FAQ on Business Valuation
Business valuation is an economic process, which is being used to determine the financial value associated with a business. This figure will help you to determine the amount that people are willing to pay or receive in order to invest in the business.
There are multiple methods to do business valuation. The asset-based business valuation approach holds a prominent place out of them. This is where the assets of a business are taken into consideration in order to determine the value of it. In here, both assets and liabilities of the business will be taken into consideration.
Another popular approach used for business valuation is earning value approach. This is where the return on investment of a business is taken into consideration to determine its overall value. During the valuation process, special attention is paid towards discounted future earnings and capitalizing past earnings.
Some businesses go through market value approach for business valuation. This is where a business is valuated in comparison to another business of the same scale.
If you are planning to sell your business or if you are planning to obtain a loan by using your business as collateral, you will come across the need to do a business valuation. However, there are some other reasons on why you should do a business valuation. For example, you may think about doing a business valuation when you plan for retirement, when you want to figure out unforeseen health conditions, or for internal use, such as to benefit internal employees who wish to purchase shares of the business. You may also do a business valuation for litigation purpose.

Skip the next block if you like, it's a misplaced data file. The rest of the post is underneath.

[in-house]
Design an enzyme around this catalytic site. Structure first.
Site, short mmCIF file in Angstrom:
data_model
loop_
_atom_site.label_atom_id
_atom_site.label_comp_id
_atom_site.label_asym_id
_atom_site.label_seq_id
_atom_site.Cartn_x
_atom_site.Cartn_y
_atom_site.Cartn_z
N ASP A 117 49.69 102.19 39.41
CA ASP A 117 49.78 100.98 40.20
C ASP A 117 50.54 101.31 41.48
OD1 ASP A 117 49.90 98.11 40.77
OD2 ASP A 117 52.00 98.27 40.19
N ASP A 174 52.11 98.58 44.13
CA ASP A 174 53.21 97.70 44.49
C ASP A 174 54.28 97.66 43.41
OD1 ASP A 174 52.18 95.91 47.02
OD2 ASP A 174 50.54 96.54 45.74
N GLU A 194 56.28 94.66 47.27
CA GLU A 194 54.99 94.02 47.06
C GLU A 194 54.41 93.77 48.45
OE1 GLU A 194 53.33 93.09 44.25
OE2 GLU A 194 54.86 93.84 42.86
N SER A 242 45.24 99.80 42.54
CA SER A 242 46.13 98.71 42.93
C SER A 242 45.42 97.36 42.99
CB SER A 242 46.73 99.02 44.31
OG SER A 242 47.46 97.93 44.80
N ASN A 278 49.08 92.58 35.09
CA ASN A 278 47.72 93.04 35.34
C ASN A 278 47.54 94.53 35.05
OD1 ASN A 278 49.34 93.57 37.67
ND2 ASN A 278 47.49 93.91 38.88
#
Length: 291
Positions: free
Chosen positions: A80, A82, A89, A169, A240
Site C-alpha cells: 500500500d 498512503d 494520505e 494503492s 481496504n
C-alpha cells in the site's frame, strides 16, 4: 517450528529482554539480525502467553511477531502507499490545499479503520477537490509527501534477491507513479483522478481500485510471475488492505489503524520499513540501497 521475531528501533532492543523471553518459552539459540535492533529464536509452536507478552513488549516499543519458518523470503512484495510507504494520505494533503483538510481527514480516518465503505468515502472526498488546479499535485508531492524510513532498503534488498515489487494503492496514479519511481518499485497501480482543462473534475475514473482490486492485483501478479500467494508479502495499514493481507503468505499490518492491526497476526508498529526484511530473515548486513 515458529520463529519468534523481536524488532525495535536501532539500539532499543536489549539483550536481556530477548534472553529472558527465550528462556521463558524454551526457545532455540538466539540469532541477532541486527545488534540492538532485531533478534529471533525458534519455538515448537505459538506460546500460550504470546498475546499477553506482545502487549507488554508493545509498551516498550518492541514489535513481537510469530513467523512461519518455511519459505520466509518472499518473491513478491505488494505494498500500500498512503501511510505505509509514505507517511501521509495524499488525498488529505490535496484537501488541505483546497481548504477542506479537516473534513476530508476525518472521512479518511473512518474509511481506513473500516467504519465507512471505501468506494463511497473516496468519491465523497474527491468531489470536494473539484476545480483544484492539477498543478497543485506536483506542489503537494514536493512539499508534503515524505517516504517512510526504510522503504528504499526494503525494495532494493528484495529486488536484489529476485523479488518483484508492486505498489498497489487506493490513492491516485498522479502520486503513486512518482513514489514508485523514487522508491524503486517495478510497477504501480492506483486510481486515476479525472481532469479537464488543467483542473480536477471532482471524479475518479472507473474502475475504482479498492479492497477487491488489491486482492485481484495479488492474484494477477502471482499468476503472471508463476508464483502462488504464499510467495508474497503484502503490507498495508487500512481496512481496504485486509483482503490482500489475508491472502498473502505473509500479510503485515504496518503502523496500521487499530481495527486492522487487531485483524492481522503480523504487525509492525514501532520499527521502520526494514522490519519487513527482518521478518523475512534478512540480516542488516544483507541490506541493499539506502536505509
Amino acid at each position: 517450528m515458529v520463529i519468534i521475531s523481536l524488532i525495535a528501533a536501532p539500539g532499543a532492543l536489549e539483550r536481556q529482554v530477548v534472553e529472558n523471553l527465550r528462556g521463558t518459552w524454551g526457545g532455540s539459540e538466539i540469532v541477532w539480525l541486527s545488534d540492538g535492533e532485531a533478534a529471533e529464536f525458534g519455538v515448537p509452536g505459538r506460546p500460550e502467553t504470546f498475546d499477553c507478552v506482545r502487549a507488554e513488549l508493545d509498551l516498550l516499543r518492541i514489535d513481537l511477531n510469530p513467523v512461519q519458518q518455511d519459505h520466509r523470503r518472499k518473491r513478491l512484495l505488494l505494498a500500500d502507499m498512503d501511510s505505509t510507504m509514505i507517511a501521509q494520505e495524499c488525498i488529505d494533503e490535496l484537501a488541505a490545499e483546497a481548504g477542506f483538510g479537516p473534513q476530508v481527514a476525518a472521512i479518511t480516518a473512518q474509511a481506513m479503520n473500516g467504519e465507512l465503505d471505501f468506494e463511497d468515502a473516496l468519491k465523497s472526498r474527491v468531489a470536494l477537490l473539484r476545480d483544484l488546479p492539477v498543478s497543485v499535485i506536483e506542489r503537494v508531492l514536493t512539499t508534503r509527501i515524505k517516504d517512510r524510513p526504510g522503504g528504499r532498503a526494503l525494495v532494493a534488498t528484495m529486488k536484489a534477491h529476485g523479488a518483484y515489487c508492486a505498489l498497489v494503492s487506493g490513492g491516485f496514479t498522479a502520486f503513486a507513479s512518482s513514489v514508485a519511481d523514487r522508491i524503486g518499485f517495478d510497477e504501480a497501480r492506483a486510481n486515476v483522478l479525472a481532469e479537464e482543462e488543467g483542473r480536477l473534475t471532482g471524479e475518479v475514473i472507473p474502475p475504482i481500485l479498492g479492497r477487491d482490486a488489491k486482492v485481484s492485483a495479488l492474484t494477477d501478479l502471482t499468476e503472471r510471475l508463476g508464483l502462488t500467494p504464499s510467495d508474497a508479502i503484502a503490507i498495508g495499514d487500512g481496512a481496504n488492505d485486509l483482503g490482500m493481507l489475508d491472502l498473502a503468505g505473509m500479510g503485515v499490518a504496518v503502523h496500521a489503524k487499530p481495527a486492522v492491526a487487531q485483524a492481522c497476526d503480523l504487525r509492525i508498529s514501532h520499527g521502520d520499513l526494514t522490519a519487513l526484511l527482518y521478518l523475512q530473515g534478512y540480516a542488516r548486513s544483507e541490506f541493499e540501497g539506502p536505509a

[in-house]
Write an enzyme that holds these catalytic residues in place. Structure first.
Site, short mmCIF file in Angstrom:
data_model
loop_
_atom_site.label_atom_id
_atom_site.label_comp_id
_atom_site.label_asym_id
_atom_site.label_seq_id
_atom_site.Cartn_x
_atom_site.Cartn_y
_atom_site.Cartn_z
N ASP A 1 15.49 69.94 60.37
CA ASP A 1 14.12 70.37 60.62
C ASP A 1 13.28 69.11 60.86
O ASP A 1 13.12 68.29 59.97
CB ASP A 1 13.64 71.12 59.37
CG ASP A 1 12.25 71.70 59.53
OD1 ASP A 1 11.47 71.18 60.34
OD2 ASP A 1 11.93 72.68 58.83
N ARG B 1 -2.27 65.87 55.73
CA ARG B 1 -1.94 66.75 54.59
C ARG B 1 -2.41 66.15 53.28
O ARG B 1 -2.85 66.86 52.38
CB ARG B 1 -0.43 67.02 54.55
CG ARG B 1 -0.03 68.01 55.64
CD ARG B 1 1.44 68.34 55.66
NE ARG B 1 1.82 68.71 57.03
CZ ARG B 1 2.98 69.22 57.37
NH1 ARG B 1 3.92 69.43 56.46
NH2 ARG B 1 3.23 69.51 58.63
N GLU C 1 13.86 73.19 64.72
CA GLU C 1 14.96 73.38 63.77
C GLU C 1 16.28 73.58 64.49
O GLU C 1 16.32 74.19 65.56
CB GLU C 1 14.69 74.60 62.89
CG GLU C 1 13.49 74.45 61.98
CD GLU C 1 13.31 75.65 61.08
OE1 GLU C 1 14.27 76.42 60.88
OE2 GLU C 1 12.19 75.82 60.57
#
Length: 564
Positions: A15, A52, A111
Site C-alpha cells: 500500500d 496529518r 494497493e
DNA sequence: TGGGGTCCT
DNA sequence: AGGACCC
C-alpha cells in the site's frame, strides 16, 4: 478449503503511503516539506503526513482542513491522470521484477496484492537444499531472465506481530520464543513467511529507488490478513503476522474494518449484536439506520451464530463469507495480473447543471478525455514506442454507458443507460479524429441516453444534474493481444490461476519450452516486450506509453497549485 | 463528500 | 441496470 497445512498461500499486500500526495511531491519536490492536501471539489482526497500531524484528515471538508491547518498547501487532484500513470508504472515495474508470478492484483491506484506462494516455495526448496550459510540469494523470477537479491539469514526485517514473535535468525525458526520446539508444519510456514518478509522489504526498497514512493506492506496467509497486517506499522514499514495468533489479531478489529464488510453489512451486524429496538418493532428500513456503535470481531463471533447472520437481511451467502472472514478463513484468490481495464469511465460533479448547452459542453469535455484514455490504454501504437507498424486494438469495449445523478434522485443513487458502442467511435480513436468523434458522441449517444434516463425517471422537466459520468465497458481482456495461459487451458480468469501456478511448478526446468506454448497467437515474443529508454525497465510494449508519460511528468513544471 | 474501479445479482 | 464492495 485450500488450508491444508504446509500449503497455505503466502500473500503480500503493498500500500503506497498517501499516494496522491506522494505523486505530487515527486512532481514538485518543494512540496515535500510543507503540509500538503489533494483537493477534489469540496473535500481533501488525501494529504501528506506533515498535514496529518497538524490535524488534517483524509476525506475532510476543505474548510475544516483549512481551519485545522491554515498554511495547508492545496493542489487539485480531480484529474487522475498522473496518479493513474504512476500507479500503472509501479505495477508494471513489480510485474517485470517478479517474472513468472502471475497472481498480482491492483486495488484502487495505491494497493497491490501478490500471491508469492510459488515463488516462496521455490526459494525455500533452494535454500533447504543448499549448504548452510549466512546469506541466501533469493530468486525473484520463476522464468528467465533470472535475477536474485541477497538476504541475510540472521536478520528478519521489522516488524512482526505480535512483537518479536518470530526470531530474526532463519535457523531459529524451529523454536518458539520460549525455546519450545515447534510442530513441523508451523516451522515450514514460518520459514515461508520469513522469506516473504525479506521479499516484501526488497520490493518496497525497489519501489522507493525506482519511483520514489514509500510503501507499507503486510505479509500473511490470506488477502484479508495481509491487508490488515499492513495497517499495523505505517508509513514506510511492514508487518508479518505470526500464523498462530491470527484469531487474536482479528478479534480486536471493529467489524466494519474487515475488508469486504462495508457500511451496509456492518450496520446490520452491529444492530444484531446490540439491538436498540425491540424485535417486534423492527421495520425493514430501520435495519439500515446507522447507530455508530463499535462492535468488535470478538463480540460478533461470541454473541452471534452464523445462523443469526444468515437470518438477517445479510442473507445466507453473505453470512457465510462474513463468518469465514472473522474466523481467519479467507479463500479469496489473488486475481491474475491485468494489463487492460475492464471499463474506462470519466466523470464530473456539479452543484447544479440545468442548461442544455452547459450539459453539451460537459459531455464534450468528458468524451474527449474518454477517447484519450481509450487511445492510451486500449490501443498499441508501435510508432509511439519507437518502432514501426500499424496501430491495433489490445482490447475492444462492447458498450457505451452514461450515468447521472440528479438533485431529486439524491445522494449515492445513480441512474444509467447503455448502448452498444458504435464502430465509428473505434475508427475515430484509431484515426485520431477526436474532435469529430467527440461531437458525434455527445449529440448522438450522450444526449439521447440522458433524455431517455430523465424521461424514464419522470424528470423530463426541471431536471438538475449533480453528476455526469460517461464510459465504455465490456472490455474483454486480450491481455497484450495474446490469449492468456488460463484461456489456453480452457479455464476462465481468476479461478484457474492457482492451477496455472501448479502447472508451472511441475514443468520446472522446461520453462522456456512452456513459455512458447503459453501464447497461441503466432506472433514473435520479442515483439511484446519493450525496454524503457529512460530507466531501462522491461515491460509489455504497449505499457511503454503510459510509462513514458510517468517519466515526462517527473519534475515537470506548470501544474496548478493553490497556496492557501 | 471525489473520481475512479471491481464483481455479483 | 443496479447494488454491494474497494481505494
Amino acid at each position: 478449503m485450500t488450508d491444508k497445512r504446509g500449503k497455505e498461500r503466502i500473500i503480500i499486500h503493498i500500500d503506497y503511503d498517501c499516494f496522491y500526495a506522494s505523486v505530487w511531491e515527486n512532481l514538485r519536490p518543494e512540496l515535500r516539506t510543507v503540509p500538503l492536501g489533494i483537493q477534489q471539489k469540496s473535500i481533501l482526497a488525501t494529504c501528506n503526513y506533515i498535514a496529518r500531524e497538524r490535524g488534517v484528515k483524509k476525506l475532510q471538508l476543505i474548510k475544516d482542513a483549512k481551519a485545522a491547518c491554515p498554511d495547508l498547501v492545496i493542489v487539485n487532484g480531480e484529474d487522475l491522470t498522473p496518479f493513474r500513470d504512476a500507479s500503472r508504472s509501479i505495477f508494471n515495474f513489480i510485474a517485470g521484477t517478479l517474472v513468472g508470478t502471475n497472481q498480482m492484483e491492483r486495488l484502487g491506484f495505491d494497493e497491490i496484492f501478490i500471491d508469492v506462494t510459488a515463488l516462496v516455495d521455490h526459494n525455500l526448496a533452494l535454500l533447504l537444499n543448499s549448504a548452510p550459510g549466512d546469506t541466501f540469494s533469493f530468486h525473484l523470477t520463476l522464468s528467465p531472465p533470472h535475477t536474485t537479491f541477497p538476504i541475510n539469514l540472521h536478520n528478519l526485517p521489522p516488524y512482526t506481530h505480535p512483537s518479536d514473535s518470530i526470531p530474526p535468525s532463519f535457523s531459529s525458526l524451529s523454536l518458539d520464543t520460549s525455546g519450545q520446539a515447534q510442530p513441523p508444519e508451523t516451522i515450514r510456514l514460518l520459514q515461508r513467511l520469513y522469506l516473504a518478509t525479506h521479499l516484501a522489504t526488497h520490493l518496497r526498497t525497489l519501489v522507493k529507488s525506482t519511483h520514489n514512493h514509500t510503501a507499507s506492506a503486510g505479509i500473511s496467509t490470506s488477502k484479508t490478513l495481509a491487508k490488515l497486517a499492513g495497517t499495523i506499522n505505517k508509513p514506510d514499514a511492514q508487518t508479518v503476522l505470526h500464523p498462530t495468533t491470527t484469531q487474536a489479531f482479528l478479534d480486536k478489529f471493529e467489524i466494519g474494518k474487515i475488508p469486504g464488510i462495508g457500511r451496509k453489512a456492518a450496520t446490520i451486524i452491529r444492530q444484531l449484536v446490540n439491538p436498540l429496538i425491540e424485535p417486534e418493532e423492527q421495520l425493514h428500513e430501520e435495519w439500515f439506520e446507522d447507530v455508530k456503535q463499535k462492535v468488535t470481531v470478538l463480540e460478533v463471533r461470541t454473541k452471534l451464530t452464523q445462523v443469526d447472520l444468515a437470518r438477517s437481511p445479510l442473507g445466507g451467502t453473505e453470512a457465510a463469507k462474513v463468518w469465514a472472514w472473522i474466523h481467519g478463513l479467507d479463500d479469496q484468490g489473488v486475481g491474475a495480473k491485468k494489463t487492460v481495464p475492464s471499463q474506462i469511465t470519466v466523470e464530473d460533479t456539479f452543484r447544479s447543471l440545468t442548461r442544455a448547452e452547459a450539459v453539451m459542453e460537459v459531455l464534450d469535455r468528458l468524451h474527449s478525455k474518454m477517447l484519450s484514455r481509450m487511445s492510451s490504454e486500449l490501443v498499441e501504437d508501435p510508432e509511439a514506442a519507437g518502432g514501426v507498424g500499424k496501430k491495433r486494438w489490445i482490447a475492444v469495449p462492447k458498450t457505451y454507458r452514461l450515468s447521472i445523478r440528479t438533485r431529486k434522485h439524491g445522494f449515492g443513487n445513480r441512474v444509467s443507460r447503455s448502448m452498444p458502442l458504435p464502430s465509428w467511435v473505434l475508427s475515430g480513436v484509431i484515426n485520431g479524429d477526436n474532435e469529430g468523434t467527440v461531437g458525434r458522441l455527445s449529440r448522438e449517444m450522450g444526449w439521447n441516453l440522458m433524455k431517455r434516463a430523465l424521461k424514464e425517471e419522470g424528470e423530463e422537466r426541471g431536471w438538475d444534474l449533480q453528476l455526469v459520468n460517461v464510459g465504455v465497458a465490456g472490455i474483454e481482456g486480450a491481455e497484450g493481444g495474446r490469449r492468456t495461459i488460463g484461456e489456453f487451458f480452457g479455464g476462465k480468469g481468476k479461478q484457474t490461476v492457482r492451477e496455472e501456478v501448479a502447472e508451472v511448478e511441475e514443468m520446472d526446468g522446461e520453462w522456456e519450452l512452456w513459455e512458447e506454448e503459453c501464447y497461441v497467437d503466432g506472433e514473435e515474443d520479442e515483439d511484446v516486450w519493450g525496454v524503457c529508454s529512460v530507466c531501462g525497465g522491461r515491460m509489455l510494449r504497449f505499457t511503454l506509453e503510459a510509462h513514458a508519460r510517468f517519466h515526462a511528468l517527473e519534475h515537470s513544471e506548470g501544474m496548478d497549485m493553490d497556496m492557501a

Before a business valuation, there are certain things that you can do to enhance the overall value of your business. For example, you may diversify customer portfolio, use safe methods to store sensitive data, and have solid processes in place. When you start from these basics, you can continue to increase the value of your business along with time.
There are two different premises to be mindful about. They include value in liquidation and value as a going concern. At the time of valuating a business, the most appropriate method is selected depending on best use and highest use of the business.
When you are valuating a business based on the asset-based approach, you will come across the need to figure out the differences that exist in between tangible assets and intangible assets. Tangible assets are the physical assets of a business. These assets are directly adding value to a business. Such assets include real estate, land, inventory, machinery, securities, equipment, cars, trucks, furniture, cash, and securities. On the other hand, intangible assets refer to the assets that are not possible to be touched or exist in the physical world. They include industry experience, positive reputation, value of customers that belong to a business, patents, and copyrights. At the time of valuating a business, it is essential to pay attention to both tangible assets and intangible assets.
Yes, it is important to do a business valuation, even if you are passing down a business to a child. In all instances where there is an involvement of a potential gift tax, you will need to do a valuation.